Implantology is now an established discipline in dentistry. It is beyond the experimental stage so that risks can now be calculated and a prognosis made.
Standardised impression techniques are now also used in implantology. There are other important aspects to be considered in comparison with taking impressions of prepared teeth.
It is particularly important to fix the three-dimensional implant position as accurately as possible and transfer the position precisely to the working model, as implants are osseointegrated and, unlike natural teeth, they do not move at all. On the other hand, the implant surface and margin do not have to be reproduced exactly as required with the preparation margin of a natural tooth, as most modern implant systems use prefabricated precision components(12).
The type of implant system selected should have undercut transfer abutments for the impression that are secured exactly in position on the implant with a retention screw. This retention screw is taken out before removal of the impression from the oral cavity so that the transfer abutment can remain in the impression. This pick-up technique therefore requires a custom tray11 that is perforated at the transfer abutment areas.
The screws project from the abutments and the perforated custom resin tray. This allows the transfer abutments to be secured stably in position before taking the impression and easily removed after the impression is taken. Clinical studies also confirm the high accuracy of the pick-up technique for transferring the threedimensional implant position to the situation on the model.(1, 8, 15)
The following one-step impression procedures can always be used for this technique:
• Single phase or monophase technique
• Heavy-body wash technique.
The two impression techniques only differ in the use of the impression material (single and dual phase). The heavy-body wash technique can be regarded as a modified monophase technique.
With the monophase technique the impression is taken in one working stage (one-step monophase technique) using one material (same viscosity of tray and application syringe material). The disadvantage of this technique, however, is that it produces ‘flow folds’ in the impression(7).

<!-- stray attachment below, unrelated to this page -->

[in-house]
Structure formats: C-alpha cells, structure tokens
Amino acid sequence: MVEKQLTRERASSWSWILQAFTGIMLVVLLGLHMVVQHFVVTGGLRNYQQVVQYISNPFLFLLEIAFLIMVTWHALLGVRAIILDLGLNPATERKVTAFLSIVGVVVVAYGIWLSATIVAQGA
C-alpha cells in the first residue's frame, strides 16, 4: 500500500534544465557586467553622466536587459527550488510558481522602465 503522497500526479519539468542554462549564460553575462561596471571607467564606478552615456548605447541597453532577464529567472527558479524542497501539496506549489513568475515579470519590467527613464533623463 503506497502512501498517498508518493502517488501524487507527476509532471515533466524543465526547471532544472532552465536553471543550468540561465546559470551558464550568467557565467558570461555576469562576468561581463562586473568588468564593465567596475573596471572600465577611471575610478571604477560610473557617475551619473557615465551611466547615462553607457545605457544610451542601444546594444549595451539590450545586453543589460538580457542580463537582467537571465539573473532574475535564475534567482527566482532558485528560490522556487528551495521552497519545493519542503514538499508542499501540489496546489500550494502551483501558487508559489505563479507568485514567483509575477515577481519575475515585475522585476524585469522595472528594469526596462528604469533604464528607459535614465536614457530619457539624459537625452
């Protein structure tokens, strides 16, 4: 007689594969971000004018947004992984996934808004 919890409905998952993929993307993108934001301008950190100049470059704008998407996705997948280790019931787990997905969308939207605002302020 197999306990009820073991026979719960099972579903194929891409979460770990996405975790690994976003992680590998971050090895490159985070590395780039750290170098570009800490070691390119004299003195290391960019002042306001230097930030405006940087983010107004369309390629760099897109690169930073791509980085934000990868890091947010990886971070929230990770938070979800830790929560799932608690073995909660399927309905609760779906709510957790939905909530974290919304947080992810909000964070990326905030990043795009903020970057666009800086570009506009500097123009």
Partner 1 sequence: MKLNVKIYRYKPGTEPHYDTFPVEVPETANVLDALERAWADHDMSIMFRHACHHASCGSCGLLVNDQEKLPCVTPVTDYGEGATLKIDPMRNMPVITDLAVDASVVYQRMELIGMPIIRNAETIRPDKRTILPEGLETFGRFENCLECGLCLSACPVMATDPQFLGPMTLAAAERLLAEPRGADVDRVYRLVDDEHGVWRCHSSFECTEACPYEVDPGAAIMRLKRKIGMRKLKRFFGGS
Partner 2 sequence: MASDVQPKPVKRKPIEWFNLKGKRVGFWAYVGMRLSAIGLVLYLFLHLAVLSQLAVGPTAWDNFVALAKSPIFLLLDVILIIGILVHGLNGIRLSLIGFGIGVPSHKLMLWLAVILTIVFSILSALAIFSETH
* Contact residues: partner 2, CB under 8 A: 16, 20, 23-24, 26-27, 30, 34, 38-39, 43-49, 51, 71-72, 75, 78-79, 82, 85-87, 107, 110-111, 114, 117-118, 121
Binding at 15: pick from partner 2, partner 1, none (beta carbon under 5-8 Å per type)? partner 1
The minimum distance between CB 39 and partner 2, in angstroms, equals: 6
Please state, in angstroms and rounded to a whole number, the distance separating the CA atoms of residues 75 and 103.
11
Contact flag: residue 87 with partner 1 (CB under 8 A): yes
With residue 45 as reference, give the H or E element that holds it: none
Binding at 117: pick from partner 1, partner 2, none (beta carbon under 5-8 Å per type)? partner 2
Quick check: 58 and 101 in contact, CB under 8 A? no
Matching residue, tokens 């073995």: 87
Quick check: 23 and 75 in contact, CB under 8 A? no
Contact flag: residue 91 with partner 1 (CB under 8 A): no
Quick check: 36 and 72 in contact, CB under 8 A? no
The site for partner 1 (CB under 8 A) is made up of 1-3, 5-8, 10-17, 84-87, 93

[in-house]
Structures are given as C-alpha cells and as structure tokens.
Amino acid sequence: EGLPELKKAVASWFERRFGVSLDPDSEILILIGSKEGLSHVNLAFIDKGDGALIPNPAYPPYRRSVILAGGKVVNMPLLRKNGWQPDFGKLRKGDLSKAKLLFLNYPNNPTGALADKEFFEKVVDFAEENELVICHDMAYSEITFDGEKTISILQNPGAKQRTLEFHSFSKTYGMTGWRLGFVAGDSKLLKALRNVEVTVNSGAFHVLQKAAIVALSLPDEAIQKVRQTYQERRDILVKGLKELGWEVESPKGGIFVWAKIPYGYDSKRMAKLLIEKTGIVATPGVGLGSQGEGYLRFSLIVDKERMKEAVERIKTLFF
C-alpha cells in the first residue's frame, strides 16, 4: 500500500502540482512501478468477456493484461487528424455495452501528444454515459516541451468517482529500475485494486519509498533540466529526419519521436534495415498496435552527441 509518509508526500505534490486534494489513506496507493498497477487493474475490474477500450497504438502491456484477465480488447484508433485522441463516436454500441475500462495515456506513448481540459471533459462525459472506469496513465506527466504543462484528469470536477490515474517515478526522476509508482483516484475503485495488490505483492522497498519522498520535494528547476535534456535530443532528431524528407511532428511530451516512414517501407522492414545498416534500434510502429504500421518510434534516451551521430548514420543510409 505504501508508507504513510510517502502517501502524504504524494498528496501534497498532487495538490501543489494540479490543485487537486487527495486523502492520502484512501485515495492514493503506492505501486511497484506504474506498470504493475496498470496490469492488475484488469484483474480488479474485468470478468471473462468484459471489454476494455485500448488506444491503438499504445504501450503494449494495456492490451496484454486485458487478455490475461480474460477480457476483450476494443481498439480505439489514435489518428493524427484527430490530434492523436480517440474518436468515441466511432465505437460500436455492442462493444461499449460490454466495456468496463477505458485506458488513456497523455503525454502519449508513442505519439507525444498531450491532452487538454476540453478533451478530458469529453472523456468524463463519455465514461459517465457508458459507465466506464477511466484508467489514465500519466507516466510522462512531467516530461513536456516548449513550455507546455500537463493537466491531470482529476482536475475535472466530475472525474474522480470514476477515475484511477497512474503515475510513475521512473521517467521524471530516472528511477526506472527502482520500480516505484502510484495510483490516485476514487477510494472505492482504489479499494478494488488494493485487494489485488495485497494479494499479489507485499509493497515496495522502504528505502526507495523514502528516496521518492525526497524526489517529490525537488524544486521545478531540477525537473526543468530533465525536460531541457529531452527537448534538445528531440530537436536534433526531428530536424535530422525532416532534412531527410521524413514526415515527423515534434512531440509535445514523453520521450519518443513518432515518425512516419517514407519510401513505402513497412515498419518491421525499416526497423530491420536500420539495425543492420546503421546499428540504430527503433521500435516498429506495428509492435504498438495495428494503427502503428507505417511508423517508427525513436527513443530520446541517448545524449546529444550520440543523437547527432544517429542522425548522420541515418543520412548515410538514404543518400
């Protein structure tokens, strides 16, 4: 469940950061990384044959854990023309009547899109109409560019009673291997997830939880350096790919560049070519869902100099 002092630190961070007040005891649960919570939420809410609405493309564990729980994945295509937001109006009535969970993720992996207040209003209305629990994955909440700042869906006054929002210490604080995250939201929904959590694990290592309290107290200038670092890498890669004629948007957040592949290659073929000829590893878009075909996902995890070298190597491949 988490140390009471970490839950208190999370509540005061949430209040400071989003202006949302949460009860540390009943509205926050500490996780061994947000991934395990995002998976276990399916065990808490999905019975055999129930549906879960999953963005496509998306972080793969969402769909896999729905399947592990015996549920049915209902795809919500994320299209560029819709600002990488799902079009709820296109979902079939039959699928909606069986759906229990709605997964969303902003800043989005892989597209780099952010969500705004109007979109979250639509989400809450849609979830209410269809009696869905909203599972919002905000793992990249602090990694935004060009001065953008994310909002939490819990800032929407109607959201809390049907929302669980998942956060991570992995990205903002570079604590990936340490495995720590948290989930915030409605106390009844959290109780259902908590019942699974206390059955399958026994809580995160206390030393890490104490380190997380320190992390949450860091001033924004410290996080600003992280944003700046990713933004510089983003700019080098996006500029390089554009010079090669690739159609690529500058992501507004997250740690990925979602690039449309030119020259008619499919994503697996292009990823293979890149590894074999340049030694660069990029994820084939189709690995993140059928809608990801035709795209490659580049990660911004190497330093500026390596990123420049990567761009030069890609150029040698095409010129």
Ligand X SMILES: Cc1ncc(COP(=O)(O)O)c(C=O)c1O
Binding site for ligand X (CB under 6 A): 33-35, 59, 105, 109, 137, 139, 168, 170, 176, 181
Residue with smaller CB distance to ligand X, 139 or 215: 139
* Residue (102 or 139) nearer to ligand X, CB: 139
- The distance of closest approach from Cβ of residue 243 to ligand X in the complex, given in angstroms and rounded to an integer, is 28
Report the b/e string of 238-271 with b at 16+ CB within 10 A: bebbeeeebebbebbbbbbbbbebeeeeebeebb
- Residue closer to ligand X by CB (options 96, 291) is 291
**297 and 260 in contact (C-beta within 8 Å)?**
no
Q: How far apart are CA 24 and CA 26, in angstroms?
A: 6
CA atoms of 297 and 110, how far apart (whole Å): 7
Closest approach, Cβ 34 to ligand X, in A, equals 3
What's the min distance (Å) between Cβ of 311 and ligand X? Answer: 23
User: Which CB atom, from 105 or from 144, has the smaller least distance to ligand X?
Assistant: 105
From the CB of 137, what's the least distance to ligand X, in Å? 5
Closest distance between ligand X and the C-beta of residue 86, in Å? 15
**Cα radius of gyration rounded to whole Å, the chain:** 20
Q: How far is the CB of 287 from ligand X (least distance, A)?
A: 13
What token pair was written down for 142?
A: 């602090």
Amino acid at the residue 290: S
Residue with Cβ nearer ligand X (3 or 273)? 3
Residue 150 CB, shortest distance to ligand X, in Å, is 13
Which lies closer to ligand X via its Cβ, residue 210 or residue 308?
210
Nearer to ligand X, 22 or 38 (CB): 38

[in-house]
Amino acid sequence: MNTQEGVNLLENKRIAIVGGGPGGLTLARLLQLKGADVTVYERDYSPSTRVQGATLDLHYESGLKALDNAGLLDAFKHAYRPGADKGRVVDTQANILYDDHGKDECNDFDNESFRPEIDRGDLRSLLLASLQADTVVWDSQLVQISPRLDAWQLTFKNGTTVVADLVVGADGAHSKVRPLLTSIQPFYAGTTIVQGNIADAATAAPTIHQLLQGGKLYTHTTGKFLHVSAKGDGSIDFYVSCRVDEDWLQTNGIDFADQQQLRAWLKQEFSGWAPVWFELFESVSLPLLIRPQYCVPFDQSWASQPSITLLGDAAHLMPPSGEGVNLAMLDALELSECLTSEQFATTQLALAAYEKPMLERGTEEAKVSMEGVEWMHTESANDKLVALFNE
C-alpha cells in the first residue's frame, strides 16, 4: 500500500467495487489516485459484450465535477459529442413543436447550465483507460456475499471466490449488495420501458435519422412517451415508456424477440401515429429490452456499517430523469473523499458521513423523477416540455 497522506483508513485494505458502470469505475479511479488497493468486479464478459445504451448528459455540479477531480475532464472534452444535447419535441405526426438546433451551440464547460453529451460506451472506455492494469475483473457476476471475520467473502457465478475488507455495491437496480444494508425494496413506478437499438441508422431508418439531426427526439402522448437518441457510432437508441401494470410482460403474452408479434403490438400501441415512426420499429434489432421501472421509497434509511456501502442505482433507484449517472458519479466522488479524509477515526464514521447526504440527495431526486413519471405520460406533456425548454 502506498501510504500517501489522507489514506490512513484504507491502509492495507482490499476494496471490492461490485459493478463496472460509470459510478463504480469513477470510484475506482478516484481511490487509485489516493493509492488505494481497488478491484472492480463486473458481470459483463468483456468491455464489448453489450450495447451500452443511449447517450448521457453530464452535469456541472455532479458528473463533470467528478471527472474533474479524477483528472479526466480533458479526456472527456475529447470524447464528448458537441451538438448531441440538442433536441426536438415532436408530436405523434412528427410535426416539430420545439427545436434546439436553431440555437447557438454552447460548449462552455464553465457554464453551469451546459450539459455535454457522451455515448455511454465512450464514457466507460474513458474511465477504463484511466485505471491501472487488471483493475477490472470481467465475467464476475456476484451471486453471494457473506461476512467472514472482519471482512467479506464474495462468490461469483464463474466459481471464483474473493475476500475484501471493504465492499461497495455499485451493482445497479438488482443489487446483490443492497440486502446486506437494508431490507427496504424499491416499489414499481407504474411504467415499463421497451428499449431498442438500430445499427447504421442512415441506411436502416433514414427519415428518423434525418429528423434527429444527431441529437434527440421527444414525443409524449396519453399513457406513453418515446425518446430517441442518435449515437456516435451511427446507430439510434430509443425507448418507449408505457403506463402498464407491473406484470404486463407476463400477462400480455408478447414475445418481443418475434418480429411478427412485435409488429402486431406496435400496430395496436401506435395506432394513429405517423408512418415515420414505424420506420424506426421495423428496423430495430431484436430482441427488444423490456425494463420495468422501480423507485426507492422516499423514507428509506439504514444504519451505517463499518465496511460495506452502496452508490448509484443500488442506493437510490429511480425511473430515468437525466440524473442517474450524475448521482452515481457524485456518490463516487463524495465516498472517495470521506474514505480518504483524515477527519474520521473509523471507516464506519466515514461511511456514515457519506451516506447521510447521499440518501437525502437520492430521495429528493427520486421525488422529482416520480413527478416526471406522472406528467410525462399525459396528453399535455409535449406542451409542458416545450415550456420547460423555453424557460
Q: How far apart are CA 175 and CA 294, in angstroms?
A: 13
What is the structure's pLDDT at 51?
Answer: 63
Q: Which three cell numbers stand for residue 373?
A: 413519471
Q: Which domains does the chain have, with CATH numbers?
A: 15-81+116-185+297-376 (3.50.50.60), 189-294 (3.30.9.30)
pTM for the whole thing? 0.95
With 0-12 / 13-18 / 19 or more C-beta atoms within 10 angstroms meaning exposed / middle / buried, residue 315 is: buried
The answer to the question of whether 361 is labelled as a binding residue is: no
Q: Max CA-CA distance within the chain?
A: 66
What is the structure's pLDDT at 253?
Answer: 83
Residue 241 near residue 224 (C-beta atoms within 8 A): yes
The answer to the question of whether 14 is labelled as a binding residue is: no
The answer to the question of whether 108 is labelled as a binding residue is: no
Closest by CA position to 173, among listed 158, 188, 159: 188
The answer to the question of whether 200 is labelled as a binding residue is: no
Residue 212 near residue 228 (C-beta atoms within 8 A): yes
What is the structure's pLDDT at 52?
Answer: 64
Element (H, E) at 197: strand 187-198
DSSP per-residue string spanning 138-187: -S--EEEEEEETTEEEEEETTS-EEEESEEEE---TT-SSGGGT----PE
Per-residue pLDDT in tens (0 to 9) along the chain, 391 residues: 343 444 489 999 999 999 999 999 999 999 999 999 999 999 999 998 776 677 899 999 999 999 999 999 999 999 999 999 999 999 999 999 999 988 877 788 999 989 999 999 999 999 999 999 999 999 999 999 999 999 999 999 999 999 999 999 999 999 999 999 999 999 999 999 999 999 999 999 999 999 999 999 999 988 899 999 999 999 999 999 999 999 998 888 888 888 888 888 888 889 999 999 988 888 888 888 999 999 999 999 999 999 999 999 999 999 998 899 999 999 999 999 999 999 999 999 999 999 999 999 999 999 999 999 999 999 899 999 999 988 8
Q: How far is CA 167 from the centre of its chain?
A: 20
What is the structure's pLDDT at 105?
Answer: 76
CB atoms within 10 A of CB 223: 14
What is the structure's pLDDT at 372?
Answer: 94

With the heavy-body wash technique the impression is also taken in one step (one-step dual phase technique) using two materials with different viscosities (high viscosity tray material and low viscosity application syringe material). The higher viscosity of the tray material counteracts the formation of flow folds and contributes greatly to successful implant impressions(13).
In implant prosthetics, the heavy-body wash technique does not require any more time than the monophase impression technique, so it is also an alternative in this respect. This will be clearly demonstrated using the following clinical example.
In collaboration with the Department of Oral and Maxillofacial Surgery, an implant-borne prosthetic restoration was fabricated on three Xive implants (Dentsply Friadent) in the 45, 46 and 47 region for a 65-year-old female patient with a unilaterally reduced dentition in quadrant IV (Figure 1). Figures 2 and 3 show the situation after a healing period of approximately six months and exposure of the implants at the beginning of prosthetic treatment. First of all, study model impressions were taken of the upper and lower jaw with alginate (Palgat Plus, 3M Espe). The lower model was used for fabricating a custom impression tray in a resin material (Palatray, Heraeus Kulzer) in the dental laboratory and the upper model was used as the antagonist.
At the second appointment the gingiva formers were first replaced with transfer abutments (Figures 4 and 5). The heavy-body wash technique was used to take an impression of the implants and other anatomical structures relevant for the restoration using the custom impression tray and an A-silicone (Aquasil Ultra Heavy in combination with Aquasil Ultra XLV, Dentsply).
The custom impression tray was loaded first with the high viscosity impression material (Aquasil Ultra Heavy) (Figure 6). The low viscosity material (Aquasil Ultra XLV) was then added to the tray material as the second step (Figure 7) and at the same time this material was syringed intra-orally round the transfer abutments (Figure 8). The loaded impression tray was then inserted into the patient’s mouth (Figure 9).